• True
  • False

 

•          Question C : Identify in the list below the climate-related risks

  • Drought
  • Coastal erosion
  • floods
  • Shortening of the rainy season

 

•          The IPCC is:

  • Inter-State Group of Companies on Copper,
  • Intergovernmental Panel on Climate Change,
  • Group of Electro Cardiac

 

Adaptation, mitigation or resilience?

 

 

 

 

1.

 

 

 

 

 

 

 

 

 

 

 

 

 

 

 

 

 

 

 

 

Section 2: Definitions of some concepts

 

What is weather?

Weather: state of the atmosphere, describing for example the degree to which it is hot or cold, wet or dry, calm or stormy, clear or cloudy etc.

Weather is known as the condition of the atmosphere over a period of time. It refers to day-to-day temperature and precipitation activity.

 

What is climate?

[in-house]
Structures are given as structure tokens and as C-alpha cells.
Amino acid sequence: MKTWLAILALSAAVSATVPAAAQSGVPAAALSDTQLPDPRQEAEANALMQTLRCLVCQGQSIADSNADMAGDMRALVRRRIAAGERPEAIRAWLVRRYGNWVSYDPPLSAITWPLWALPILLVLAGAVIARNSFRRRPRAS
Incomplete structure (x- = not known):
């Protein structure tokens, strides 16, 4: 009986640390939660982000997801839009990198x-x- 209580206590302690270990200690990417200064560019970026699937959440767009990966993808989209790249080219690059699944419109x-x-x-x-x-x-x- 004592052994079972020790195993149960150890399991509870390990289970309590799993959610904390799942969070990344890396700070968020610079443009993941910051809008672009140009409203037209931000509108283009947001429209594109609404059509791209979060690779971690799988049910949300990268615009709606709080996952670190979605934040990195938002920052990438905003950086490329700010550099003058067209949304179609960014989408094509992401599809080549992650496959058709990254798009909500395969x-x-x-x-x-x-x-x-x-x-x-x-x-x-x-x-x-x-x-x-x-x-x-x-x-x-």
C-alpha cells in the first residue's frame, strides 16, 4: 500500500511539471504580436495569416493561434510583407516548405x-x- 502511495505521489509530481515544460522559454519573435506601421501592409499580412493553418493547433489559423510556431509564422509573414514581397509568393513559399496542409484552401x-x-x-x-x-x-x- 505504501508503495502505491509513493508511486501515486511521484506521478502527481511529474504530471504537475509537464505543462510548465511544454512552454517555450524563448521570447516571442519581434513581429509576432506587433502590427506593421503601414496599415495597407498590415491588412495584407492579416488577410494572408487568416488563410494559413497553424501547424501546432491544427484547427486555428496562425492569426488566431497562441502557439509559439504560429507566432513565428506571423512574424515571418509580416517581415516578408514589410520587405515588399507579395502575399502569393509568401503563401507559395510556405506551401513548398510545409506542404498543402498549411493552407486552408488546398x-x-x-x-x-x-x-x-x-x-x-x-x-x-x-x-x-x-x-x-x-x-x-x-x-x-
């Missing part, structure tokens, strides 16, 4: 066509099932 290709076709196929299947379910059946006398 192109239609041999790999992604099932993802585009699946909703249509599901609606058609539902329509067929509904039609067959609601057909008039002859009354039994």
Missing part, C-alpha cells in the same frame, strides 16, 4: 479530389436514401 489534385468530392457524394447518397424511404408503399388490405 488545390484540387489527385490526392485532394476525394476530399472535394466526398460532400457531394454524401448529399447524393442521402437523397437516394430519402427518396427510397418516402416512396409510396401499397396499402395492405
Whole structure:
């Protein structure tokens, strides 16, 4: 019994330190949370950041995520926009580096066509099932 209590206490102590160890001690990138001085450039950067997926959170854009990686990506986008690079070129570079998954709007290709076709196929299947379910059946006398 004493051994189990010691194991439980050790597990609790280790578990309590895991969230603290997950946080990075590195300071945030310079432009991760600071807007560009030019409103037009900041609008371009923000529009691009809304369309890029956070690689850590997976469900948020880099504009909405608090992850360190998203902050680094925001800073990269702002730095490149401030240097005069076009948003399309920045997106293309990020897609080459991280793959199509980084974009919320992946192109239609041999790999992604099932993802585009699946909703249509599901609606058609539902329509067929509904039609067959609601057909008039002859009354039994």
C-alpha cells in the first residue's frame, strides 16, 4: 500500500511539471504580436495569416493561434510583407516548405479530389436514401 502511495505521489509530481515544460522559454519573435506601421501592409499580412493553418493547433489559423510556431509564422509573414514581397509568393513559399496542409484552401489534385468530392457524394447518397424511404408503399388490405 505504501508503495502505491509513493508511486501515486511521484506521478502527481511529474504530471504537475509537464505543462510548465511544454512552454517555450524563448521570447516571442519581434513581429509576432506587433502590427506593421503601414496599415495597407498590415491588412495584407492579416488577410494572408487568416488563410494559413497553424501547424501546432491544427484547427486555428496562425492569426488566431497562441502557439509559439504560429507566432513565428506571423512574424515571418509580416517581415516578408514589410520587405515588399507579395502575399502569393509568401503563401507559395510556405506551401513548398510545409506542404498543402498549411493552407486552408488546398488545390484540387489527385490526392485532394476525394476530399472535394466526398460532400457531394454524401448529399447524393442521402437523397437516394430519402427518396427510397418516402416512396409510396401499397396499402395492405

The climate is the average weather conditions (temperature, precipitation, sunshine, air humidity, wind speed, etc.) that prevail over a given area over a long period of time.

For the World Meteorological Organization, it must be at least 30 years.

Climate: averages, but also extremes. Since it is translated into averages, the climate is also characterized by extremes and variations. It results from the interaction of the three main reservoirs: the ocean, the atmosphere and the continental surfaces (including the polar ice caps).

 

What is climatology and meteorology?

Climatology: known as climate science is the study of climate, scientifically defined as weather conditions averaged over a period of time. Given the wide scientific and societal significance of climate and its study, the origins of the terms climate and climatology are of interest. They are traced from their earliest usages in English. The early references are in general scientific works but later climatology evolves as a science in its own right.

 

Meteorology: the scientific study of the atmosphere that focuses on weather processes and forecasting. Meteorological phenomena are observable weather events which illuminate and are explained by the science of meteorology. Those events are bound by the variables that exist in Earth’s atmosphere.

 

What is climate system and scenarios?